"I've made some pretty fundamental mistakes in my life," Nicoletti says. "But I have peace within me, even in a prison cell."
It's two weeks before a federal judge in West Palm Beach will lock him away for 16 years for attempted money-laundering, and Nicoletti is sitting in a plastic chair in the visiting room at the Federal Detention Center in Miami. "Look I didn't kill nobody," he says. "I'm not such a bad guy." Through tortoiseshell reading glasses he examines a slim volume he's typed up and bound in plastic, the tale of his last ten years in South Florida. It contains the details of the massive law-enforcement conspiracy of which he claims to be a victim.
"I'm sitting here because I stepped on the wrong feet," he offers. "If the system focuses on you, you're as good as gone. Sure I've done some bad things in my life, but I swear to you I did not do these things they accuse me of."
As Nicoletti speaks he looks you in the eye. He speaks with self-confidence, peppering his discourse with strategically placed outbursts -- a fist on the table, an arched eyebrow, a vehement sneer. You want to believe him. You feel yourself believing him, just as so many before believed him and, in believing, entrusted him with their most prized valuables, even their love.
Lillian Dinallo was taken in by Nicoletti the first time they met at his Boca restaurant, back when her second husband was still alive. Richard liked him too; they talked about cars, boats, Frank Sinatra. Nicoletti sang to the old couple in a rich baritone, towering above them on stage at Ciro's Pomodoro in a handmade Italian suit, the gold lizard pin on his lapel glimmering in the spotlight. To them he looked like an aristocrat, even though he would later share tales of humble beginnings on the Mediterranean coast below Rome. Nicoletti was a throwback, the kind of man who'd bow and kiss a woman's hand, then compliment her escort on the cut of his suit. He sparkled with gold; a Swiss watch dangled from his wrist, and gold chains framed the bright smile beneath his mustache.
When the Dinallos first visited Ciro's, it was an overbooked Saturday night. No table was available. They left with an impatient "humph" after the maitre d' told them they'd have to wait at the bar. "Don't you know who those people are?" Nicoletti scolded after they left. "The Dinallos do not wait for a table."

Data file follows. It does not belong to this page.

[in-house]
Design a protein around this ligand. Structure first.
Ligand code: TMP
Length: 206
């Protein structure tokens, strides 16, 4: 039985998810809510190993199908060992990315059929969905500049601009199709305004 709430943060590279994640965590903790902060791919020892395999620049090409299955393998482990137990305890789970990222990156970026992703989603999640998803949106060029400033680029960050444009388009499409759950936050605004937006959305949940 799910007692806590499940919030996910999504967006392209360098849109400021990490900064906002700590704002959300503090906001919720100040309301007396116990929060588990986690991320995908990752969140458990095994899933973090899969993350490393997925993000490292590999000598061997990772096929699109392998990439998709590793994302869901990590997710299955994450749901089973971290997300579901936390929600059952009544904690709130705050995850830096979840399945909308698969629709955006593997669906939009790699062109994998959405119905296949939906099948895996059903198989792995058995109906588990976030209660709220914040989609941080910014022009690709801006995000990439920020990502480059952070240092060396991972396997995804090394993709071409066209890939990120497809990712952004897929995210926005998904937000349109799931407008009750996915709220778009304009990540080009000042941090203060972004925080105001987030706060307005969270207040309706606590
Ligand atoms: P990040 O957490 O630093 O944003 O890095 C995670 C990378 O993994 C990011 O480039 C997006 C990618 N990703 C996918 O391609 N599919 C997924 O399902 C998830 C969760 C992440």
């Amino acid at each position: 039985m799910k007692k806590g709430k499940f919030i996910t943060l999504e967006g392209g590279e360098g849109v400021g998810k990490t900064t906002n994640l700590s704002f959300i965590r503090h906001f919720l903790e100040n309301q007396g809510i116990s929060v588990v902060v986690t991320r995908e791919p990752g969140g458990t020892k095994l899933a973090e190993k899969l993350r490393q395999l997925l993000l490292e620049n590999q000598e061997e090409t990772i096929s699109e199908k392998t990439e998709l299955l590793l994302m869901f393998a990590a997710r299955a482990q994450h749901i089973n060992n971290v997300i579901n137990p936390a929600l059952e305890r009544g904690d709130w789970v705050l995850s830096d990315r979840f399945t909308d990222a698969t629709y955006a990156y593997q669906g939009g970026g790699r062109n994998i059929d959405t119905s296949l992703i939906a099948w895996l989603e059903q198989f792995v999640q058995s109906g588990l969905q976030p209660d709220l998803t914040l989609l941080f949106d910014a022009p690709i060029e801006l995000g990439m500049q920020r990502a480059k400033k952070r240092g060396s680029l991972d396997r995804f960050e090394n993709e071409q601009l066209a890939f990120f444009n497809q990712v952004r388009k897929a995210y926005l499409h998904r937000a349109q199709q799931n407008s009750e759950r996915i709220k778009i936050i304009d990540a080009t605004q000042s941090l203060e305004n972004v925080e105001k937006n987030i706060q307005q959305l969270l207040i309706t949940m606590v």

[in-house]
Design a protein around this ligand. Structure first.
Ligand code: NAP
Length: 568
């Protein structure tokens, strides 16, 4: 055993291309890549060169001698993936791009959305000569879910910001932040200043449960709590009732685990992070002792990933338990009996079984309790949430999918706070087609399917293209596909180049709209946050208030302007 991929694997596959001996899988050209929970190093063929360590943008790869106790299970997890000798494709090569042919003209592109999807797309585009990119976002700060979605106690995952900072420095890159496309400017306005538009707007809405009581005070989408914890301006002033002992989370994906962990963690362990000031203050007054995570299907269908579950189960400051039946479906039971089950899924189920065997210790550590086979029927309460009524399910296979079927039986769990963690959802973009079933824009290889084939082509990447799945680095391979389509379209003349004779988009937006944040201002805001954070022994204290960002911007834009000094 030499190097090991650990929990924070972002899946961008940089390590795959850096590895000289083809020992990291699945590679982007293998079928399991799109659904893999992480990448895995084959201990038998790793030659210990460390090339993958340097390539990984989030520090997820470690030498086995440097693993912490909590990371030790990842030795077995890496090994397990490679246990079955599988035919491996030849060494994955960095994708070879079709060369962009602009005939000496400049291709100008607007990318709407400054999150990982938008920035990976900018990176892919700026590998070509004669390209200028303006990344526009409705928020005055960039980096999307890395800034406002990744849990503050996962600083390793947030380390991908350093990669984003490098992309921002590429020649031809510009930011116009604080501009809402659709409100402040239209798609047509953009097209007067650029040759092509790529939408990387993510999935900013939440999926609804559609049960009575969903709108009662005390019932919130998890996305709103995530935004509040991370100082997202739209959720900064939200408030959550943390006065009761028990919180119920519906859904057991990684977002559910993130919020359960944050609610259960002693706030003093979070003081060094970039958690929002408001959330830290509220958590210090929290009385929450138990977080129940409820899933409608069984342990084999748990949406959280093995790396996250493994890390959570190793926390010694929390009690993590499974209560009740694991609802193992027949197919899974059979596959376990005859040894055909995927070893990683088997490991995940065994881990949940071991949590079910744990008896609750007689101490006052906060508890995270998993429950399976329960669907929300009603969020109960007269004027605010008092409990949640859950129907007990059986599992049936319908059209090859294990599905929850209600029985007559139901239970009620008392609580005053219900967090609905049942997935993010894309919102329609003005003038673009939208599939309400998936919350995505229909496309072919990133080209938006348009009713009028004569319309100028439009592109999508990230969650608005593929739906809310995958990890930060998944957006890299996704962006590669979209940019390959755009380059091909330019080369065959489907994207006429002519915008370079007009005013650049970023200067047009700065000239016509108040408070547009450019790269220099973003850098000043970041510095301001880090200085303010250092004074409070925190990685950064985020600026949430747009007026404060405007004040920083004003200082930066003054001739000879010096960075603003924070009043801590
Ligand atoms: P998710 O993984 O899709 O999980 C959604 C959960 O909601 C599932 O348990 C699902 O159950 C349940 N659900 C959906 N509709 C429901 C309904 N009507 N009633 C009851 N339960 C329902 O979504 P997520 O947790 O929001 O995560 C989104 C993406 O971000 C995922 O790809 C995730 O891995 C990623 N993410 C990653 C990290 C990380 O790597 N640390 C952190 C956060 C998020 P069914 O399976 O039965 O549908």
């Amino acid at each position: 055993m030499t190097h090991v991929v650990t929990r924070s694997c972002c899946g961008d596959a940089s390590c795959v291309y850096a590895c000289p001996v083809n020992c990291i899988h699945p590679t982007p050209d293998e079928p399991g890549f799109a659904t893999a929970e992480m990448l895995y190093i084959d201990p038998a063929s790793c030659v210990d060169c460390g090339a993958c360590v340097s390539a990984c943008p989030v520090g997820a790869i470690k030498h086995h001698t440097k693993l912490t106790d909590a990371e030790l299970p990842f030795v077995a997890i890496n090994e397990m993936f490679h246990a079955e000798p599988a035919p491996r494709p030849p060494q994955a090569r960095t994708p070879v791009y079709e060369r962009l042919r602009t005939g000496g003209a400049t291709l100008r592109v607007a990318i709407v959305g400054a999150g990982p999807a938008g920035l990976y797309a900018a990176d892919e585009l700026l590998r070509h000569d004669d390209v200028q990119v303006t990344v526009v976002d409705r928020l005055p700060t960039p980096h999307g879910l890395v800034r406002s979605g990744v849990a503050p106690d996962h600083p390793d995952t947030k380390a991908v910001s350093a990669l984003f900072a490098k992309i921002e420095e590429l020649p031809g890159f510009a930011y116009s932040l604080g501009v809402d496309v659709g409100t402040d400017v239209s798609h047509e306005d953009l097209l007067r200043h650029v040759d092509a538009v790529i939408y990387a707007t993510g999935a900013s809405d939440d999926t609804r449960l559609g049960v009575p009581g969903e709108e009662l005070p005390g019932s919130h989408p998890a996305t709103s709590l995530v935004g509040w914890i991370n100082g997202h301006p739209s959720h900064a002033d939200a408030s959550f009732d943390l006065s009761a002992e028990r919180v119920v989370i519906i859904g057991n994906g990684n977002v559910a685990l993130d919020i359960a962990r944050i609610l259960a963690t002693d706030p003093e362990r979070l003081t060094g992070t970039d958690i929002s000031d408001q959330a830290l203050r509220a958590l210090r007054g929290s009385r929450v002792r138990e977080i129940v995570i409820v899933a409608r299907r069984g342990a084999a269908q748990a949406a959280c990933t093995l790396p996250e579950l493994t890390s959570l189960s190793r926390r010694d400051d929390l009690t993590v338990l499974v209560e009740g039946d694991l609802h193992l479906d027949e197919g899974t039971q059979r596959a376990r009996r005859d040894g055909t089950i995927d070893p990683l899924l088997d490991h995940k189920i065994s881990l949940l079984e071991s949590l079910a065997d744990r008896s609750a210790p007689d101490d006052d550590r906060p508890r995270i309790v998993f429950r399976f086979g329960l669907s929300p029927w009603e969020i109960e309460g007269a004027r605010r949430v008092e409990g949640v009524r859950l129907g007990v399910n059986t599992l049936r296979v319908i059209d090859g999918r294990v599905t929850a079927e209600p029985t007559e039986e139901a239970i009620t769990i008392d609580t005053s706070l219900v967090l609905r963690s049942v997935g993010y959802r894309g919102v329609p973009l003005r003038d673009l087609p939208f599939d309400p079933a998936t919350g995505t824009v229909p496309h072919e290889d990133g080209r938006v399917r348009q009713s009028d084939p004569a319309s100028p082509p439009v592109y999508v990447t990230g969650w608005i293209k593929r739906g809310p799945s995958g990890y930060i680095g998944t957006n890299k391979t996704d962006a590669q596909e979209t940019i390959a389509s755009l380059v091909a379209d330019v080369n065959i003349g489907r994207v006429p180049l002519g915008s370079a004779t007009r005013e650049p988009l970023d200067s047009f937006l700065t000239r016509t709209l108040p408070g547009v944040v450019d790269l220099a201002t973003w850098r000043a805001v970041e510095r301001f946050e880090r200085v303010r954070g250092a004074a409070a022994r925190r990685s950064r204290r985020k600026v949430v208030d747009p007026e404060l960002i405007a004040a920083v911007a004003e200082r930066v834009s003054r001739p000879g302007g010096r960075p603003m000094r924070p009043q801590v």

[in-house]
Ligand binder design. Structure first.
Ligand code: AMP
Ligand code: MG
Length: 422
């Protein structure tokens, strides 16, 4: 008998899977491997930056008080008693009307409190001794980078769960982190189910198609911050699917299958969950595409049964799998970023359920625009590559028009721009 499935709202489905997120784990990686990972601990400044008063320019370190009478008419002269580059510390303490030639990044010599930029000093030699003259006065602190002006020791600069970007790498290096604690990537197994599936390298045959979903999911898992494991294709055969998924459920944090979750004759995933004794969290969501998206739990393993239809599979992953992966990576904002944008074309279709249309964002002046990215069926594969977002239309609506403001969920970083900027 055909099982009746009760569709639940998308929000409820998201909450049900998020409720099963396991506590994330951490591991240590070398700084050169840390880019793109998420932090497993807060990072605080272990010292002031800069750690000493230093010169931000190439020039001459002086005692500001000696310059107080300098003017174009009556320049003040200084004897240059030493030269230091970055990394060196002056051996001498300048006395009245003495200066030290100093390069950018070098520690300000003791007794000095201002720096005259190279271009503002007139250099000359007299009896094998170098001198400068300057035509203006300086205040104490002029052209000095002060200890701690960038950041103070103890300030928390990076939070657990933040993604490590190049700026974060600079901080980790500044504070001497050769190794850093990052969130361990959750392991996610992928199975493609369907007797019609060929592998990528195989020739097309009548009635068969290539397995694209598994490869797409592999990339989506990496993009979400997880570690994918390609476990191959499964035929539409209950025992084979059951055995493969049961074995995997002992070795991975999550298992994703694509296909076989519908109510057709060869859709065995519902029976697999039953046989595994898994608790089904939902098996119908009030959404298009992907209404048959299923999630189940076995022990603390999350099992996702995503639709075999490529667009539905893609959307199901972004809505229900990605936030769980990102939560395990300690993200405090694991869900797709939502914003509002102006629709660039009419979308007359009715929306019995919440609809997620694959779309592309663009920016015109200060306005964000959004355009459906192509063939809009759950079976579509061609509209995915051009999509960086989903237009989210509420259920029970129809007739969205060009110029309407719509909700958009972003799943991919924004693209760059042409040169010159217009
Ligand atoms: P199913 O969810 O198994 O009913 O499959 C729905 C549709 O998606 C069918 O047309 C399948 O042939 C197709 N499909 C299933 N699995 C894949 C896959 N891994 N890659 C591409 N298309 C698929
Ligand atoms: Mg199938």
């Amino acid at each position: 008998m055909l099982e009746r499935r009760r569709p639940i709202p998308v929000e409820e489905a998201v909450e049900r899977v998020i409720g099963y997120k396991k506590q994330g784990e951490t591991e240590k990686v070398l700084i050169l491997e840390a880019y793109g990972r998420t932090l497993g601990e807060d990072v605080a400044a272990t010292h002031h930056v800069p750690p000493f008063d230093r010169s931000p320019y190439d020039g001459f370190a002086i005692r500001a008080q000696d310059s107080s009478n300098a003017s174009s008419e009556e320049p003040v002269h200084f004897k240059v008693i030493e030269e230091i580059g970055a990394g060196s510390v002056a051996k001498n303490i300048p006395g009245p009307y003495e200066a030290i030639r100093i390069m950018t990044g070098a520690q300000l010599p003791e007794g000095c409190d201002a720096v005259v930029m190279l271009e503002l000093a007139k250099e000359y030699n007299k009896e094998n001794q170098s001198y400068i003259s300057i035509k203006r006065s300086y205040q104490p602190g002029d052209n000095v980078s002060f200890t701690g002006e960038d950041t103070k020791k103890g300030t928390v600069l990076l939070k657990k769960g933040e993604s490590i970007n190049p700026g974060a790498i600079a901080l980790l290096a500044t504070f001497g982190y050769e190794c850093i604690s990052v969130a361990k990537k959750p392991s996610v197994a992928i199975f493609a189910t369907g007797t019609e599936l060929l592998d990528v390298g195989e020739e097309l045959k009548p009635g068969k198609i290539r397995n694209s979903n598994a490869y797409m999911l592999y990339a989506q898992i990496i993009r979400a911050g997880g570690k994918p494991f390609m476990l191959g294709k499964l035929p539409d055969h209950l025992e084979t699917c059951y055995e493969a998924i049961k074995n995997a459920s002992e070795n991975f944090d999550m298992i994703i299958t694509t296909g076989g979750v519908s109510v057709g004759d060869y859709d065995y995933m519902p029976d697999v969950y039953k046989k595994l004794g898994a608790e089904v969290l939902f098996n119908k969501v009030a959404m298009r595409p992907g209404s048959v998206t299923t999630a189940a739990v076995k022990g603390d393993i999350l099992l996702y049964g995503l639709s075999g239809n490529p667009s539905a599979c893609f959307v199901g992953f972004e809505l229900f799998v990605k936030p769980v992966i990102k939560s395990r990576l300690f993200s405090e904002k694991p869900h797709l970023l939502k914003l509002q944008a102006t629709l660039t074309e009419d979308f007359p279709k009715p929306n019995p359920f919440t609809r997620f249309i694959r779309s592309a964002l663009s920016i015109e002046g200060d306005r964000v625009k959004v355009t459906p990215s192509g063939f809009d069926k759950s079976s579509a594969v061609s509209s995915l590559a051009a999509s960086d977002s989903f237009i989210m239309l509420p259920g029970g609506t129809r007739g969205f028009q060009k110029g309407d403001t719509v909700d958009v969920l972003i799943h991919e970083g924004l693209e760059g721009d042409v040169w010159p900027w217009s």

At the time Richard Dinallo was one of the wealthiest men in Boca Raton. His New Jersey construction company had built Giants Stadium in the Meadowlands, and he owned the Bridge Hotel in Boca. But he was sick with cancer and knew he wouldn't be around to care for Lillian much longer. He died in his bed at Boca Raton Community Hospital on October 29, 1991, and a family fracas for his millions ensued. Nicoletti stepped in as Lillian's legal advisor and emotional crutch. Eighteen months later they married. She was 63 years old, he was 46. Franco was Lillian's third husband, Lillian his fifth wife.
Nicoletti moved into the house that Richard Dinallo built, a spectacular seaside mansion with wraparound balconies and a bronze mastiff just inside the wrought iron gates. He put his name on the deed but kept his condo on the golf course at Boca Pointe. He drove Richard's Ferrari and parked a Rolls in the driveway -- he'd always had a weakness for Rolls Royces. For a while Nicoletti and his new bride were the talk of Boca society, appearing regularly at charity fundraisers and in the local society pages. But the fairy tale wouldn't last long.
Just after the New Year in 1996, Nicoletti was arrested, charged with laundering $300,000 in cash, and held on a $2 million bond. Eager to prove her love, Lillian sprung him on Valentine's Day. After that, Nicoletti knew Lillian would always stick by him. She was the only one who would. All the others -- friends, business partners, ex-girlfriends -- had turned on him. They were rats who'd sell out their own mothers to save themselves. Nicoletti had been called many things -- swindler, grifter, con man -- but never a rat.